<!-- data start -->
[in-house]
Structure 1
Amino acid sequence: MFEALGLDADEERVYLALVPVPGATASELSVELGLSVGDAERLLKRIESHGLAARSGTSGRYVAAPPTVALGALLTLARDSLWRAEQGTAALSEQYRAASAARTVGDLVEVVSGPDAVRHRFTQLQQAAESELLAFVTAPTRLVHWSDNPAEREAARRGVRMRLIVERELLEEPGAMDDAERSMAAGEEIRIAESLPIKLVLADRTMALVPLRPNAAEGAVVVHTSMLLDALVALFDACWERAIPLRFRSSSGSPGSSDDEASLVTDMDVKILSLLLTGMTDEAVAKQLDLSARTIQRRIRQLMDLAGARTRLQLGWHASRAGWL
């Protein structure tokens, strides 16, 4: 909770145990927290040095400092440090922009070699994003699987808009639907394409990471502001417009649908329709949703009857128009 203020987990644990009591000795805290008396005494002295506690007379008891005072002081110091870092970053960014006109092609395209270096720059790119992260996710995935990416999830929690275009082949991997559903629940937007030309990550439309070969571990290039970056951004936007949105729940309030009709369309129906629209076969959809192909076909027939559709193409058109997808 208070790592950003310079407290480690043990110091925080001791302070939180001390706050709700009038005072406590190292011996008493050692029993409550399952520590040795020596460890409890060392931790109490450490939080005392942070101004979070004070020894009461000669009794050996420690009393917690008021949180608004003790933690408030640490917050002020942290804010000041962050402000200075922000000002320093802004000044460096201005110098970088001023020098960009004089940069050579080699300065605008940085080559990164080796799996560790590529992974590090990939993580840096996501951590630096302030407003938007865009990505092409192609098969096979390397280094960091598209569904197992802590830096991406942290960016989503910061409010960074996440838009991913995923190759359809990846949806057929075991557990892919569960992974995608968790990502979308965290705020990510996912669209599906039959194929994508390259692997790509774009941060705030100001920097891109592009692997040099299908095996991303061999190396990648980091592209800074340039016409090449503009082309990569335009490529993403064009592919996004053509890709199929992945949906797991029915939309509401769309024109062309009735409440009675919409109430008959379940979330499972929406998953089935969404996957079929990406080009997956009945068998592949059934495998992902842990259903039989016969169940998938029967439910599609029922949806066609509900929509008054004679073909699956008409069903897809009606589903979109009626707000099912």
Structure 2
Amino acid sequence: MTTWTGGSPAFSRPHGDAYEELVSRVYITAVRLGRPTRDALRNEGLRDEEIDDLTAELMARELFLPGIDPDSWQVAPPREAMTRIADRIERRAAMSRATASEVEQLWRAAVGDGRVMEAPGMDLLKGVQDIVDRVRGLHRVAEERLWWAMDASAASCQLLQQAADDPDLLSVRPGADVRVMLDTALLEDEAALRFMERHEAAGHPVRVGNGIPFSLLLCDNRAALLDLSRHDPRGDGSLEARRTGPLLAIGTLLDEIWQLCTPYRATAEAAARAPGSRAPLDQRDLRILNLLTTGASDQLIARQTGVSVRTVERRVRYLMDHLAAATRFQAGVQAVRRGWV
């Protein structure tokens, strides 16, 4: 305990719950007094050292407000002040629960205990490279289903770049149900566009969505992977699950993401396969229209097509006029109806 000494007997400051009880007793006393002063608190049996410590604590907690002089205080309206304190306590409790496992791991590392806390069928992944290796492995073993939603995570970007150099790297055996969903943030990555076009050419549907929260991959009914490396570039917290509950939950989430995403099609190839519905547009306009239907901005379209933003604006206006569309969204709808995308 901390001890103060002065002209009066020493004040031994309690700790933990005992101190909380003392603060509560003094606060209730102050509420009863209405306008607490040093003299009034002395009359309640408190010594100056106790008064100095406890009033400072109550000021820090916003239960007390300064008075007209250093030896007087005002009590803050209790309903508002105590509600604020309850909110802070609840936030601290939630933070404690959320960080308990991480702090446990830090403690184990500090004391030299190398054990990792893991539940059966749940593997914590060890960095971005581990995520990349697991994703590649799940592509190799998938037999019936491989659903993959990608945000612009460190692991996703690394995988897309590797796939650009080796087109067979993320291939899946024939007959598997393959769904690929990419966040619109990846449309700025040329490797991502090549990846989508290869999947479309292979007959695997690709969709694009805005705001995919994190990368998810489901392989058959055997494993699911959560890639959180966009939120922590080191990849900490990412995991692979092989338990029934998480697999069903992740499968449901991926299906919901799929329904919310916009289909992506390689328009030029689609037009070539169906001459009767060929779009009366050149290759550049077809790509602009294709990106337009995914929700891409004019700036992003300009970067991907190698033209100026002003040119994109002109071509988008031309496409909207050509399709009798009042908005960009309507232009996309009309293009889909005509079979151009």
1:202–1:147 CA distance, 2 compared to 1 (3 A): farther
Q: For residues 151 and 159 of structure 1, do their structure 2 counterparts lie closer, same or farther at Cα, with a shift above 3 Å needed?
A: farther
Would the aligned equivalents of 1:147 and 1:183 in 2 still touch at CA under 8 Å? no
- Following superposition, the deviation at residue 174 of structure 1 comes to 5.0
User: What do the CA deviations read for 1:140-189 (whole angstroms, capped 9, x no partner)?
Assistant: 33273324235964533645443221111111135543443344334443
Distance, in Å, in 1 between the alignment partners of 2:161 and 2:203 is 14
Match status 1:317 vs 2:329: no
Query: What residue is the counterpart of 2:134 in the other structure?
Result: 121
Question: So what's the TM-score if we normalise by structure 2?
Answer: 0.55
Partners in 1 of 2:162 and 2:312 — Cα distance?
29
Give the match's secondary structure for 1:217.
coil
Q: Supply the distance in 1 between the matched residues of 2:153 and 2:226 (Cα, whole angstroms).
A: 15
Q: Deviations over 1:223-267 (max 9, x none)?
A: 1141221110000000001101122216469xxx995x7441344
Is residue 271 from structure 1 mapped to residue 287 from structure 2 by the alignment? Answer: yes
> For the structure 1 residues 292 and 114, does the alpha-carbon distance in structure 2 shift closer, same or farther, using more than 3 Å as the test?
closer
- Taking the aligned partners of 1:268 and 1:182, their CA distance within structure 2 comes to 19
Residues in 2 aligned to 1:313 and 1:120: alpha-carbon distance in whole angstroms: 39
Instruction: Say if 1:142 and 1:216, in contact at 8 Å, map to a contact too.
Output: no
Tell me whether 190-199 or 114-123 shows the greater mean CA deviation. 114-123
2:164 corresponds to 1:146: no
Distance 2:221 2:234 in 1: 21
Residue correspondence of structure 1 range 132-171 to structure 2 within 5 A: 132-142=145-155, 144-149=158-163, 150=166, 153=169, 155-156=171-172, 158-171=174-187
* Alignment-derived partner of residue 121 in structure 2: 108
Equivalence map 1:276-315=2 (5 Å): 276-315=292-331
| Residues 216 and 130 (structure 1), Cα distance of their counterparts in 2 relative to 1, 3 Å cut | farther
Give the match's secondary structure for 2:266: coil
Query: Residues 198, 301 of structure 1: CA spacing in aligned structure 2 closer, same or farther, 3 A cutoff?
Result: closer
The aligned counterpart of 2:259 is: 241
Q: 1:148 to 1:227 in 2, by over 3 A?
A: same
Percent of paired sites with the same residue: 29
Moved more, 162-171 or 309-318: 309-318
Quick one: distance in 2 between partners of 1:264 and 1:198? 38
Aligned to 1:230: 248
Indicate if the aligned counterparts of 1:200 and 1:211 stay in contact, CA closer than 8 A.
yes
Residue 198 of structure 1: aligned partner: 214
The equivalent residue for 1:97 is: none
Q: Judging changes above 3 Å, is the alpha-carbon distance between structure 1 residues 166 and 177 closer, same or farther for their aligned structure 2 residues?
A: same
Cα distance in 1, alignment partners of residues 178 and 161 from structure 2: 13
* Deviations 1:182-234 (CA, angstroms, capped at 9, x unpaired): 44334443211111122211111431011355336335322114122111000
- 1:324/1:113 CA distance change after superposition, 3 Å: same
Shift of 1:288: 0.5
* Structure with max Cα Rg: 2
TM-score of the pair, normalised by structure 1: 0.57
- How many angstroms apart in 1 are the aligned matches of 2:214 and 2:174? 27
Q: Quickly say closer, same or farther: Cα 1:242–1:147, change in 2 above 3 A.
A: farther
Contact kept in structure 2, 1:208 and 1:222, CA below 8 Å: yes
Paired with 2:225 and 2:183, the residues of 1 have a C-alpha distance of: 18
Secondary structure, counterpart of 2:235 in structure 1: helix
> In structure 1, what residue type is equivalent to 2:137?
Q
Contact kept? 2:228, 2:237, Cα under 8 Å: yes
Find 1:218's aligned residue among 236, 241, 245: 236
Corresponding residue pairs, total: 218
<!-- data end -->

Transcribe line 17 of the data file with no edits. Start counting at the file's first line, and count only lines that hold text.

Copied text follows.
Query: What residue is the counterpart of 2:134 in the other structure?